Hong Kong’s pawnbroking industry exploded after the government legalised it in 1926. Built during that decade, theis a reminder of this once-flourishing business that helped fuel the city’s economy. Today, the Grade III historic building still boasts many traditional features, including the saloon doors at the entrance.
Constructed in 1891,is the only place of worship in Kowloon dedicated to the God of War and Righteousness. This Grade II historic building is a great example of traditional Lingnan architecture and includes many stunning features, including a giant bronze bell and crescent blade. The temple is open to the public on most days but it becomes a real spectacle on the 24th day of the sixth lunar month, when crowds arrive in droves to celebrate Kwan Tai’s birthday.
Two temples in one complex, Sam Tai Tsz Temple is a Grade II historic building originally built in 1898 by Hakka immigrants to honour their patron deity, Sam Tai Tsz, after a particularly deadly plague swept through Sham Shui Po. Full of fascinating details, the temple houses cultural relics that date back to the late Qing dynasty (1644-1911). After exploring this fascinating site, head next door to Pak Tai Temple — a Grade III historic building built by local fishermen in 1920 to honour the Emperor of the North, the eponymous Pak Tai.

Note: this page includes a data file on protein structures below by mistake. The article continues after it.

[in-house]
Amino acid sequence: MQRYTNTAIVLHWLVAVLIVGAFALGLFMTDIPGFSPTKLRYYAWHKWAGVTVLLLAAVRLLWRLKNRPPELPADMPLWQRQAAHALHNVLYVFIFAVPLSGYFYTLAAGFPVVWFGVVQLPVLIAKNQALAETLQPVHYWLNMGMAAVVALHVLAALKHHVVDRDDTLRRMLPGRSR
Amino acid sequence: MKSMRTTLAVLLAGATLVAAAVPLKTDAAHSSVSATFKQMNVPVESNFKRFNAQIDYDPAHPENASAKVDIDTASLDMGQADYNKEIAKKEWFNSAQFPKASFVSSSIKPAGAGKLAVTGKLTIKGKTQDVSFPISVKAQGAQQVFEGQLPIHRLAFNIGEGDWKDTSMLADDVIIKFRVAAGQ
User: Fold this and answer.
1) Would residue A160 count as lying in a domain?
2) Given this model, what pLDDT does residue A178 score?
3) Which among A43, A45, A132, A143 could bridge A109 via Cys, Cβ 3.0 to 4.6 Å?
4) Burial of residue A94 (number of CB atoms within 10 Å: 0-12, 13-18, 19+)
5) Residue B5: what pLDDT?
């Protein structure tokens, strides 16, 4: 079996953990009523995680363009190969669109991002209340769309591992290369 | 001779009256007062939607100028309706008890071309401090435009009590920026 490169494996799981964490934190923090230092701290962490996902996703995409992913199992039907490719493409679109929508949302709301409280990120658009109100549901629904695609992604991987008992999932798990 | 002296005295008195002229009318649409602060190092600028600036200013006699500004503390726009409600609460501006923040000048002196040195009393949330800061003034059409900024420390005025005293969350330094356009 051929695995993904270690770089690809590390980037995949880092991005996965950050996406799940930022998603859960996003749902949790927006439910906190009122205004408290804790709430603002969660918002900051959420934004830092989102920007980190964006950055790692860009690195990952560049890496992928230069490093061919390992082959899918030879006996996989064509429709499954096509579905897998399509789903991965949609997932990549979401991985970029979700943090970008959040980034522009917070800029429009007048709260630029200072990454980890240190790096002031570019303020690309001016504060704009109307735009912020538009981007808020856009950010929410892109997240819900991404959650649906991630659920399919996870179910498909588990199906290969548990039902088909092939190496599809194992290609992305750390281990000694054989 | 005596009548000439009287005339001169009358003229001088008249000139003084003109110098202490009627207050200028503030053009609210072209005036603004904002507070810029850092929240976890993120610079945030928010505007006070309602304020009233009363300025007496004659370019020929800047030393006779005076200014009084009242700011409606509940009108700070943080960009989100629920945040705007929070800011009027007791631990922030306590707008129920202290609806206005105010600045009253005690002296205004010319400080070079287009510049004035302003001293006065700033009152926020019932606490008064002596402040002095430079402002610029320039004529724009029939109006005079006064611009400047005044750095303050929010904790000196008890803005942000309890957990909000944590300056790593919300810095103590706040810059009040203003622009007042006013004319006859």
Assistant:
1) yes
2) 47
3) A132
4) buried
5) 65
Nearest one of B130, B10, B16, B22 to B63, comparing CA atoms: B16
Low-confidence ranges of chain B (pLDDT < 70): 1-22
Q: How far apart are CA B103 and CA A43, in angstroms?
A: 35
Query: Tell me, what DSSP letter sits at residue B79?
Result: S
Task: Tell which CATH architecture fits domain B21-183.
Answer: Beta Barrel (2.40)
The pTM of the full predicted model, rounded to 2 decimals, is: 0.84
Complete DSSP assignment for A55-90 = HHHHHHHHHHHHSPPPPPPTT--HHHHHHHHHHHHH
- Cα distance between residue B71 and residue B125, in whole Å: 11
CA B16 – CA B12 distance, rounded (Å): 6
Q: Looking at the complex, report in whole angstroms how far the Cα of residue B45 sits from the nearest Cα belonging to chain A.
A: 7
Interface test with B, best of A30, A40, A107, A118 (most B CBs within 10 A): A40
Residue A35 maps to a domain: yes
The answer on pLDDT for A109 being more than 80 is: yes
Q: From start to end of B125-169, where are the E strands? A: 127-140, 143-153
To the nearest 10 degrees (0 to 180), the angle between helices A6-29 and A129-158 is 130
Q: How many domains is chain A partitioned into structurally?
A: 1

A popular spot with Instagrammers, this building is unlike anything else in Sham Shui Po. It’s home to, an institution established in 1931 that offers a range of services from the medical to the spiritual and religious. Its colourful green tiling is in stark contrast to the neutral blocks sitting on either side, and its eye-catching design is topped by a 3D dragon, cranes and deer emerging out of the frescos on the roof.